Something that affects both your mental health and physical health significantly is your relationship with food or how you view food. This influences your eating habits, your appetite, your food choices, and how you feel about food.
What I love about my work is that I get to appreciate how complex our relationship with food is. Every single person is unique genetically and they have unique upbringings, preferences, and experiences with eating.
So it’s probably no surprise that one of my biggest pet peeves is when wellness articles and health experts use the terms “good” and “bad” when it comes to food. And I’m far from perfect, I catch myself doing it unknowingly, too.
It’s because diet culture and media have been very successful at instilling this polarizing way of marketing food items. From a young age, many of us are taught that foods have moral implications or good versus bad.
This very fast way of processing nutrition information works with the primitive parts of our brain because, at one time in our evolutionary history, we needed to know what foods were bad and deadly, and what foods were good for survival.
This is why the diet industry is worth over 200 billion dollars today because of polarizing views on food work!
For a few decades in North America, fats were deemed as BAD. So there was a whole generation of people who ate low-fat, fat-free processed foods.
And then they discovered that not all fats are bad and in fact, there are many natural sources of fats that are vital for health and disease prevention!
And then for a few decades, people in North America said all CARBS is bad. So people went on low-carb diets and zero-carb diets.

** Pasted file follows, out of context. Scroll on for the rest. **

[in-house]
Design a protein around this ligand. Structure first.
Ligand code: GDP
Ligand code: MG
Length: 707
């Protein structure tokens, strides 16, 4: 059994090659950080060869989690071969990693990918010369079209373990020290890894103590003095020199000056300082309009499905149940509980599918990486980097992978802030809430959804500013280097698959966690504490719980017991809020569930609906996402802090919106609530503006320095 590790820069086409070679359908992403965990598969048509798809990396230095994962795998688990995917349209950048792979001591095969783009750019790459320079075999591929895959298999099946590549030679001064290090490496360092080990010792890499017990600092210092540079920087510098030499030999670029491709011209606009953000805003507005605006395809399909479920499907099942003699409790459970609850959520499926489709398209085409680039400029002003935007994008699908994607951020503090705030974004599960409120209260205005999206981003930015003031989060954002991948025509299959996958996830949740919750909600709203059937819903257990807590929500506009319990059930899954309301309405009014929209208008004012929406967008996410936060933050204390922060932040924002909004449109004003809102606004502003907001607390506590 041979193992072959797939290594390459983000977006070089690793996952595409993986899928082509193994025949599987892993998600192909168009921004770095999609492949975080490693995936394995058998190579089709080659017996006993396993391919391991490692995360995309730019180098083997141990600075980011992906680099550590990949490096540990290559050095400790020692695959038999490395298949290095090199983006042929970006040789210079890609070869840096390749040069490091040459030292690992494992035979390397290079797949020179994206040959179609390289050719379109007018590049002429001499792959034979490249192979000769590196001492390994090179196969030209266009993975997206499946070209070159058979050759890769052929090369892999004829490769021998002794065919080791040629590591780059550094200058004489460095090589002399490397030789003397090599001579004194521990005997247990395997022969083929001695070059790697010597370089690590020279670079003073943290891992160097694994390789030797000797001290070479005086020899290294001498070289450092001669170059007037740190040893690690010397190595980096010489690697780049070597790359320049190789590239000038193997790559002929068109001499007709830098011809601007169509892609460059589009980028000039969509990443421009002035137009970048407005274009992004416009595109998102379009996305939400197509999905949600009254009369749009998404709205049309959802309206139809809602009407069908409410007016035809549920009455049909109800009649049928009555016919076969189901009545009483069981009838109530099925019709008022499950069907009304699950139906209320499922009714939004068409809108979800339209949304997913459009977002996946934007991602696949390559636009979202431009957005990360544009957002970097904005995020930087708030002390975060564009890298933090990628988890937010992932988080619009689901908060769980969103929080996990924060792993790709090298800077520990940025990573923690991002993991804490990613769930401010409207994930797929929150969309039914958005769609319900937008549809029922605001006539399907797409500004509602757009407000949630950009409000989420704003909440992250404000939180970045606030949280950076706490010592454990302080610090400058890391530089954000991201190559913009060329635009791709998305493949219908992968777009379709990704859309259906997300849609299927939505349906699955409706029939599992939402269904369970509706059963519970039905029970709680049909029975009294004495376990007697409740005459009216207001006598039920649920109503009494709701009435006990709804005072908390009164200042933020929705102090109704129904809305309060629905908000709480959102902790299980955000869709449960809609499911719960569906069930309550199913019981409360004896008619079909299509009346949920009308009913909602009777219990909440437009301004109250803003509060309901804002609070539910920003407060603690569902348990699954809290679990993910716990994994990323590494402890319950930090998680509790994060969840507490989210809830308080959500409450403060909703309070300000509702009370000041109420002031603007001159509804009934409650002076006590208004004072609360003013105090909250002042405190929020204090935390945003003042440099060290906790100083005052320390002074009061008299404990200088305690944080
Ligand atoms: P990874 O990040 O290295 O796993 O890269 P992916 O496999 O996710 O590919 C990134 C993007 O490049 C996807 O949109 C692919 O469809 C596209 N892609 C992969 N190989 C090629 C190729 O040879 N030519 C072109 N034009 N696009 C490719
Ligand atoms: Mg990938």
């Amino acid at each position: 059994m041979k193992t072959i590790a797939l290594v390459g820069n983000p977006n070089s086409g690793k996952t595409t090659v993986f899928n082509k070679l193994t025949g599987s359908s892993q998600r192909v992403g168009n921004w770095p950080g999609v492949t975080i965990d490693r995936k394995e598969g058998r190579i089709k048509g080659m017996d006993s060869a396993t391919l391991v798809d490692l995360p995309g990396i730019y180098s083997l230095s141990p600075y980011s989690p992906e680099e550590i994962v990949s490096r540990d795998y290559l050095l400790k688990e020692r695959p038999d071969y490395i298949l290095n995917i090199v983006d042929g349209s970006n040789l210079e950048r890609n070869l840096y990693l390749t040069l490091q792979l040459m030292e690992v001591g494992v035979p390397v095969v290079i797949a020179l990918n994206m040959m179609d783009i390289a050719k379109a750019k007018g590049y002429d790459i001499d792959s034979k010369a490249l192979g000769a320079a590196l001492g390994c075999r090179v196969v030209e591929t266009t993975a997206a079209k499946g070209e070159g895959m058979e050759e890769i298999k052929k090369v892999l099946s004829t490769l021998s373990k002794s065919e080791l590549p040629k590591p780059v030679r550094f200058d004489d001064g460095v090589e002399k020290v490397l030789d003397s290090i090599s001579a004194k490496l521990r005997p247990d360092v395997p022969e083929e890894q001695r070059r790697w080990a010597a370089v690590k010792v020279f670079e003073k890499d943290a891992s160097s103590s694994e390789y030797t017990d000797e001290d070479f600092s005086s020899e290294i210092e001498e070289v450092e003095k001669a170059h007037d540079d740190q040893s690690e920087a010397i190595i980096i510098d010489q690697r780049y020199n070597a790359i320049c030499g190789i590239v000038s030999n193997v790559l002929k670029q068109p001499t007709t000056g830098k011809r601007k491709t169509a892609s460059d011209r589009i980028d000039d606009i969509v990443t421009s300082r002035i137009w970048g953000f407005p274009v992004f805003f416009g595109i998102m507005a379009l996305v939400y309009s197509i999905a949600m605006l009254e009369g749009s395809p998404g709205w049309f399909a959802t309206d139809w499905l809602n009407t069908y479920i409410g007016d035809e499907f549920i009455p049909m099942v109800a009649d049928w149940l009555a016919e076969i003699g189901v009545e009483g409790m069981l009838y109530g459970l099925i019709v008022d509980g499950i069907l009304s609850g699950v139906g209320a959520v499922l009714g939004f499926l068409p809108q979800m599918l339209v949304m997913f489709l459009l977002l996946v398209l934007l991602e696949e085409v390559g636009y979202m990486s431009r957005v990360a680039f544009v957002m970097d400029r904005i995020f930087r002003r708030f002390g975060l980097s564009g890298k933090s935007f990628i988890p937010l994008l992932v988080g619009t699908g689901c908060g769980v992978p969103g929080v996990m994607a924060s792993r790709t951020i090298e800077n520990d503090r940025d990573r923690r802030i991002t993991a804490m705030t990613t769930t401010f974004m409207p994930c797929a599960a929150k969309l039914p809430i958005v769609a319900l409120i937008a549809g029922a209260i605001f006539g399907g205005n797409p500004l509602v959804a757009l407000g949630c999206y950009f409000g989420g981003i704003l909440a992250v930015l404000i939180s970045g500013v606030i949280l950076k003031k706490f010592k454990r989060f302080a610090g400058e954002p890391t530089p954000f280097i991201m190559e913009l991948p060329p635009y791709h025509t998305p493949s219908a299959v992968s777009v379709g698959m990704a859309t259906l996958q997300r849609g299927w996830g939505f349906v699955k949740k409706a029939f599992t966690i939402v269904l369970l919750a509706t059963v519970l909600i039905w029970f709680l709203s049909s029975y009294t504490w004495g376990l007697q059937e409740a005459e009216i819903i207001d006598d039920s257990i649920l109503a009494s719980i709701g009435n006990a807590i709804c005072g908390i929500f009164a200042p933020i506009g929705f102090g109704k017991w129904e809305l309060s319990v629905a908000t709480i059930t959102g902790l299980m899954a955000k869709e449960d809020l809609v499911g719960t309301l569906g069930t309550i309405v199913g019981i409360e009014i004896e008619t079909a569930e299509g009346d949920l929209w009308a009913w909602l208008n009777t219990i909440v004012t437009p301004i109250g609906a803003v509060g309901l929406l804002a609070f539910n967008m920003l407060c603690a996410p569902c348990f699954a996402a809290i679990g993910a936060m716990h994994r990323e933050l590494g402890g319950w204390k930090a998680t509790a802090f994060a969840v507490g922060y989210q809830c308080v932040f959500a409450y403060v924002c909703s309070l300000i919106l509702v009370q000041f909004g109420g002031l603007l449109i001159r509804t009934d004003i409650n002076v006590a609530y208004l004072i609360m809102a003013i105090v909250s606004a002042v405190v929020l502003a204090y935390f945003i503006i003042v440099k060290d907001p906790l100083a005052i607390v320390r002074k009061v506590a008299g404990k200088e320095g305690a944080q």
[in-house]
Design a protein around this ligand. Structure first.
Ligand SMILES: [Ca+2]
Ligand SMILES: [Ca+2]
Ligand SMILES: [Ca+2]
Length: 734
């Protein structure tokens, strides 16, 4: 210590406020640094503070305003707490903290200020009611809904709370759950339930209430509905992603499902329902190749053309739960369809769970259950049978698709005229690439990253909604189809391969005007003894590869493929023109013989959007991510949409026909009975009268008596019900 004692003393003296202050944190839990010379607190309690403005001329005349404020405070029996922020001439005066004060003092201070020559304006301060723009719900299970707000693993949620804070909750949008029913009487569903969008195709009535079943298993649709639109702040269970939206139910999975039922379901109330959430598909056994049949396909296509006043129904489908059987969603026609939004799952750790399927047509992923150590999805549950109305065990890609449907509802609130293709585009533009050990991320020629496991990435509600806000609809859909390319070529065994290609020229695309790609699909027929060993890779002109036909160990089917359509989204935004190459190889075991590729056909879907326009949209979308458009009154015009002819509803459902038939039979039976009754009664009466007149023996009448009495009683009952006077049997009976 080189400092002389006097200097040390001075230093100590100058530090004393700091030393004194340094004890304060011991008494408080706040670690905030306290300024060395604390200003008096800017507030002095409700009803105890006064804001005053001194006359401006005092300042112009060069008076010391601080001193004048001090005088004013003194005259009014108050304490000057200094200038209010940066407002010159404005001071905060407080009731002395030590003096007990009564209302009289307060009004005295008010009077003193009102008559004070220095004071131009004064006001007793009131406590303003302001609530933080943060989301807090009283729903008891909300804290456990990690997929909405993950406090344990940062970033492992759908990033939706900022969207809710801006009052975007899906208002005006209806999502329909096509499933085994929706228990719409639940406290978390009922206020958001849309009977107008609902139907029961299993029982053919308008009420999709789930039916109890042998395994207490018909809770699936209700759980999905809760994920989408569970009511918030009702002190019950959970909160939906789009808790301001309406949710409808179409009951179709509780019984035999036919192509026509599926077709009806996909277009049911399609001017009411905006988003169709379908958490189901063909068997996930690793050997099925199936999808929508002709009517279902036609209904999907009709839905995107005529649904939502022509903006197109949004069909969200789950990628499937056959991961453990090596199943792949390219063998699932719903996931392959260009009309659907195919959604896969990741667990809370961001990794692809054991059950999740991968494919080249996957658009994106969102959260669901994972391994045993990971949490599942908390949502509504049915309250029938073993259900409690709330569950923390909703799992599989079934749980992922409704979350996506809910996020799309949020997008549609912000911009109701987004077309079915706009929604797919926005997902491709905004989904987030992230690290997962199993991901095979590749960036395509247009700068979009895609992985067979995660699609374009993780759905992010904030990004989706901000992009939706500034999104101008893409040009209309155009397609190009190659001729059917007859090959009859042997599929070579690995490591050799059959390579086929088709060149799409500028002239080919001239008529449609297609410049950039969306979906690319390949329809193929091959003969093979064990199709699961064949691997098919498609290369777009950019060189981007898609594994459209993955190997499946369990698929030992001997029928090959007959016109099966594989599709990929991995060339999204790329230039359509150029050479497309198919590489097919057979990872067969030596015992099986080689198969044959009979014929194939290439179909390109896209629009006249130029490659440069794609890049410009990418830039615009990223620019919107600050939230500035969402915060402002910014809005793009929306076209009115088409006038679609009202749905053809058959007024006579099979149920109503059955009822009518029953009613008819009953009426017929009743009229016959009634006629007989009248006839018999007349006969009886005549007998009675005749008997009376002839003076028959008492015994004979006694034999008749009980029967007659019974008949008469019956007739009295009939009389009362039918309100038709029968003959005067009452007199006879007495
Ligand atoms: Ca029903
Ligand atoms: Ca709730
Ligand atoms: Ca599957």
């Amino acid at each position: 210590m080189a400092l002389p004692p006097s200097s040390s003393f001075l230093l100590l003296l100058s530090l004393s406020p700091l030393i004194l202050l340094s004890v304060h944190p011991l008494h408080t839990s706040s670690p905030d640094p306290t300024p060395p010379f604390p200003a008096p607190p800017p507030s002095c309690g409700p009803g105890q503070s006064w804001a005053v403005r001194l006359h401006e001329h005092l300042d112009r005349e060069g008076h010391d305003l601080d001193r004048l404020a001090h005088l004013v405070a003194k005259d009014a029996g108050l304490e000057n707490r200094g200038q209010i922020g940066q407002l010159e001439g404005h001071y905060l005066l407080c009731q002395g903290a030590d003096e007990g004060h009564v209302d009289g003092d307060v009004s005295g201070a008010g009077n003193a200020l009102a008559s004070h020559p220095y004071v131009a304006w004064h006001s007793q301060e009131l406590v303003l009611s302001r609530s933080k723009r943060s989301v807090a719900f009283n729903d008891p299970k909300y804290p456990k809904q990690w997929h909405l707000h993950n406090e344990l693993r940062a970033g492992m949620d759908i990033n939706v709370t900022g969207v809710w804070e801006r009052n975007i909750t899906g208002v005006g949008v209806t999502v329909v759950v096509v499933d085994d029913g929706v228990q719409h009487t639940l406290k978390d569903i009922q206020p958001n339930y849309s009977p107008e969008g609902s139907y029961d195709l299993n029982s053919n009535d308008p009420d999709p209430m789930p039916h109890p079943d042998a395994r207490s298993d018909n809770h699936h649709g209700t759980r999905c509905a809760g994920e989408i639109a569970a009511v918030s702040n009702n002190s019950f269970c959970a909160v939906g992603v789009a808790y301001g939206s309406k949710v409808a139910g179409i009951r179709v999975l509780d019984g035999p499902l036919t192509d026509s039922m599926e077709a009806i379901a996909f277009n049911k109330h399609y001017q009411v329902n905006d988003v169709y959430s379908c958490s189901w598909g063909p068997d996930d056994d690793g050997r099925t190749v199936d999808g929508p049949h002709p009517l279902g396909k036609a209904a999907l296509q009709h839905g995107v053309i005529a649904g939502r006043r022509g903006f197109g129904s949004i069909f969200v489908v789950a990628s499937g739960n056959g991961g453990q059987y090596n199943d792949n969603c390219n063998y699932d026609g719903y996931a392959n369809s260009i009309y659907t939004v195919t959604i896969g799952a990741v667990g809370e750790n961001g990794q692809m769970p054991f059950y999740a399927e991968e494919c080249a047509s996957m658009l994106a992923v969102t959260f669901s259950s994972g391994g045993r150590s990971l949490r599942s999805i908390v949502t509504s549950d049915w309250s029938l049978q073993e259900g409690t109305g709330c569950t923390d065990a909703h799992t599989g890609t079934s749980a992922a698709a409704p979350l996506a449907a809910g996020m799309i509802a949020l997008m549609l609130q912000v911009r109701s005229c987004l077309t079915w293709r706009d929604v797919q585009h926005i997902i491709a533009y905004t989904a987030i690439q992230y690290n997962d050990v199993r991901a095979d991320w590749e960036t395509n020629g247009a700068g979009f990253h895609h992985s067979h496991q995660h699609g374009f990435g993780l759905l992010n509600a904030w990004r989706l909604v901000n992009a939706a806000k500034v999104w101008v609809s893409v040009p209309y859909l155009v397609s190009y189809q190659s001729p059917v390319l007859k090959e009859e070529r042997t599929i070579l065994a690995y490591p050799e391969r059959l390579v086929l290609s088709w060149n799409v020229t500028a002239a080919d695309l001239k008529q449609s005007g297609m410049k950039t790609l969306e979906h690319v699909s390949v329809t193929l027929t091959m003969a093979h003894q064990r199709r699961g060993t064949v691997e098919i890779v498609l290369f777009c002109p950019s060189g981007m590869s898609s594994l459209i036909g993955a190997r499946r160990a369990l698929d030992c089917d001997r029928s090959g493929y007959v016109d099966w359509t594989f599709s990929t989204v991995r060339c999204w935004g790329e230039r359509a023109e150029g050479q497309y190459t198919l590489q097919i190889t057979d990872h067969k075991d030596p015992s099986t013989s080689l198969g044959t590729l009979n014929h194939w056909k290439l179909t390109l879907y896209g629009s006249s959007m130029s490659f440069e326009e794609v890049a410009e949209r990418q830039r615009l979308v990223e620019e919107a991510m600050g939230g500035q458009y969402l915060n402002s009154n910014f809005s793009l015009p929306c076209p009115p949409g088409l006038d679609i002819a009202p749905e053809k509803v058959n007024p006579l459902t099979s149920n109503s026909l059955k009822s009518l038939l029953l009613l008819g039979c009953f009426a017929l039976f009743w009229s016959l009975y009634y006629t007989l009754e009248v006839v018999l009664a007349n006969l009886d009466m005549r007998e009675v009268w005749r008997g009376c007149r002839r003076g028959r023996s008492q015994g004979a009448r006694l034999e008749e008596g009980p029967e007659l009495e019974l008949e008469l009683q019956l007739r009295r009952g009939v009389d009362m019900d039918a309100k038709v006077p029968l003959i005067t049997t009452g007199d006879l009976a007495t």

The problem with this line of thinking is how extreme it is.
Not all carbs or sugars are bad, and certainly not for everyone. Some people really need sugars to help them do their jobs and thrive in life. But their intake has to match their context.
The same goes for fat or any other nutrient.
It’s just like the weather. Rain isn’t good or bad, it’s all about context, like how much is it raining? Is it raining when more water is needed? How often is it raining?
Instead of asking if a food is good or bad, I challenge you to ask yourself the following questions:
-What can this food do for MY health — both mental and physical?
-How much of this food do I need to help me get the benefits?
-How often should I consume this?
-Where and when should I eat this food for the best results?
These questions are just to get you started on cultivating a more mindful and informed approach to nutrition. And you’ll see that almost all foods can have a time and place in your unique definition of a “balanced diet”.
Chocolate chip cookies, pizza, broccoli, and tofu, aren’t good and bad, and eating them doesn’t make you good or bad. They are simply here to serve your health.
We are no longer living in an era where our foods have to be labeled with black-and-white, life-or-death messages. That only exacerbates our disordered relationships with food and keeps us in the dark about how our bodies really work.
And its use for every single person is different. Some people need a bigger serving of its nutritional benefits, while others need a smaller serving to supplement their balanced diet. You get to control how you use it in your health journey.